T20 World Cup pitch in New York ‘bordering on dangerous’

Concerns are growing over the state of the T20 World Cup pitch in New York, with former England coach Andy Flower suggesting conditions at the ground were “bordering on dangerous” during India’s win over Ireland.

Bringing big matches to the pop up Nassau County International Cricket Stadium in Long Island has been a key part of the International Cricket Council’s bid to break the lucrative American market, but the gambit is off to a rocky start.

With ‘drop in’ pitches grown over 1,000 miles away in Florida and transported via truck just a month ago, teething problems are hardly a surprise.

The enterprise has been overseen by Australian Damian Hough, an experienced curator in charge of the Adelaide Oval, but he and his team have fresh issues to iron out ahead of a huge marquee fixture between India and Pakistan on Sunday.

After a low scoring opening game between South Africa and Sri Lanka served up scores of 77 all out and 80 for four – hardly the kind of explosive hitting promoters would hope for – things got even trickier on Wednesday.

Runs were hard to come by again as Ireland were bowled out for 96 with huge variations in bounce causing havoc for their batters.

India chased their target with plenty of time to spare but only after captain Rohit Sharma retired hurt having taken blow on the upper arm from a Josh Little delivery that leapt sharply.

Rishabh Pant, Paul Stirling and Lorcan Tucker were among others to sustain body blows on a difficult track.

Flower, a seasoned coach with experience all over the world, sounded a note of caution about the setup.

“I’ve got to say that is not a good surface to play international cricket on. It is bordering on dangerous,” he told ESPN Cricinfo.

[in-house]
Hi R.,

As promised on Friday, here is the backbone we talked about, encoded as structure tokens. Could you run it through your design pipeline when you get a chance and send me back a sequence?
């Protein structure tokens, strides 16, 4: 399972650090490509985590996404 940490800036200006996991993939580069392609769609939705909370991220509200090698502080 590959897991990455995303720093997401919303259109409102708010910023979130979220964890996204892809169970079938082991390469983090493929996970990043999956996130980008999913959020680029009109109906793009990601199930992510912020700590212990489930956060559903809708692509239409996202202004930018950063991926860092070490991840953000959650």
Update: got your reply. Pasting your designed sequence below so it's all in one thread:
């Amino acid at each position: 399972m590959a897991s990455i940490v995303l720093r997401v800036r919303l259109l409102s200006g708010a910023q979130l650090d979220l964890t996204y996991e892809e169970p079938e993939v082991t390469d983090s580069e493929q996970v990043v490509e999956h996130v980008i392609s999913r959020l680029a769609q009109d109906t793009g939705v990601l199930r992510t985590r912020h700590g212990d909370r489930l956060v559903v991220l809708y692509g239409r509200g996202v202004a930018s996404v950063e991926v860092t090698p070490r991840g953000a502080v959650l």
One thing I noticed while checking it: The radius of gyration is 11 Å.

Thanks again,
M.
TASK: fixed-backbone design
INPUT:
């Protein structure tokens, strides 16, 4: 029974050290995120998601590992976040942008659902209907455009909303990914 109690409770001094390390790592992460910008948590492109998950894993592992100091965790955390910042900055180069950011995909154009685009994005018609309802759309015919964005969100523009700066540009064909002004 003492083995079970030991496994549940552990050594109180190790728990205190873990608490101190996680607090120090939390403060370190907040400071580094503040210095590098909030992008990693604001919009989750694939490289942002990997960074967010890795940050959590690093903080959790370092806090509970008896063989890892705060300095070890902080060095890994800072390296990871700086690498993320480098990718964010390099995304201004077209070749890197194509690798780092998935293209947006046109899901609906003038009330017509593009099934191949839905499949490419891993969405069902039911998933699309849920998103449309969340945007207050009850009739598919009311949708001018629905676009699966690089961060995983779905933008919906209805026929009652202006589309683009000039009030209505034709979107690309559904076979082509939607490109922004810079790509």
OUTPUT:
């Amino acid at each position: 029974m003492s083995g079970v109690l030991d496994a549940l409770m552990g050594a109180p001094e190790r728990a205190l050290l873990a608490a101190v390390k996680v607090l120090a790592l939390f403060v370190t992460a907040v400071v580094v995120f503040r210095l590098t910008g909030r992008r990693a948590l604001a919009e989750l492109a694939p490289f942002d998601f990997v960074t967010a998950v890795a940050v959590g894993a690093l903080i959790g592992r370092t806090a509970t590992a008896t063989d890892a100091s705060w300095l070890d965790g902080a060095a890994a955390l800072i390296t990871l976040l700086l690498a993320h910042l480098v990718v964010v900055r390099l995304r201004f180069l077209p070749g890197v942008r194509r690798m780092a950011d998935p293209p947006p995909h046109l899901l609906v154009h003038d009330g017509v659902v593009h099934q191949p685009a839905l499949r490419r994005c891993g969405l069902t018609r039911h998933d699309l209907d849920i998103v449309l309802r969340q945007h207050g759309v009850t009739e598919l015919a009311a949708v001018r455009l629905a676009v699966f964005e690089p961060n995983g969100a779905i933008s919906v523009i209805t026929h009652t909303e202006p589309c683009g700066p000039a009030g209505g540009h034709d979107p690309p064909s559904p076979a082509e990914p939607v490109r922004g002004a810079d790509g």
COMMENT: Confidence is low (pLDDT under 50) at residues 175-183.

“We saw the ball bouncing from a length both ways, keeping low occasionally but in the main bouncing unusually high and striking people on the the thumb, the gloves, the helmet. It proved very, very difficult batting conditions for any side.”

Former India international Sanjay Manjrekar agreed with Flower and suggested that the issue may not be fixable.

“They have a problem on their hands. Inherently I think there is something wrong with the base of the surface,” he said.

“It seems the cart has been put before the horse. With all the excitement of getting cricket in New York, the most important thing, which is the pitch, isn’t living up to the hype.”

Former England captain Michael Vaughan, watching along on television, added on X: “Shocking pitch. Trying to sell the game in the states is it..but for players to have to play on this sub standard surface in New York is unacceptable.”

India captain Rohit Sharma was forced to retire hurt against Ireland after a blow to the arm.
India captain Rohit Sharma was forced to retire hurt against Ireland after a blow to the arm (Zac Goodwin/PA)

Ireland play Canada at the ground on Friday, the Netherlands take on South Africa on Saturday and the eyes of the cricketing world will descend when the India-Pakistan rivalry renews the following day. Second hand tickets have been doing a roaring trade, fetching thousands of pounds on resale websites.

Speaking in May, Hough declared himself pleased with the project.

“We couldn’t be happier,” he said.

“Everything is going to plan, they (the pitches) are in real good condition and all of our benchmarks and measures that we take along the way are exceeding expectations. You want the batters to be able to play shots all over the ground so that is our design.”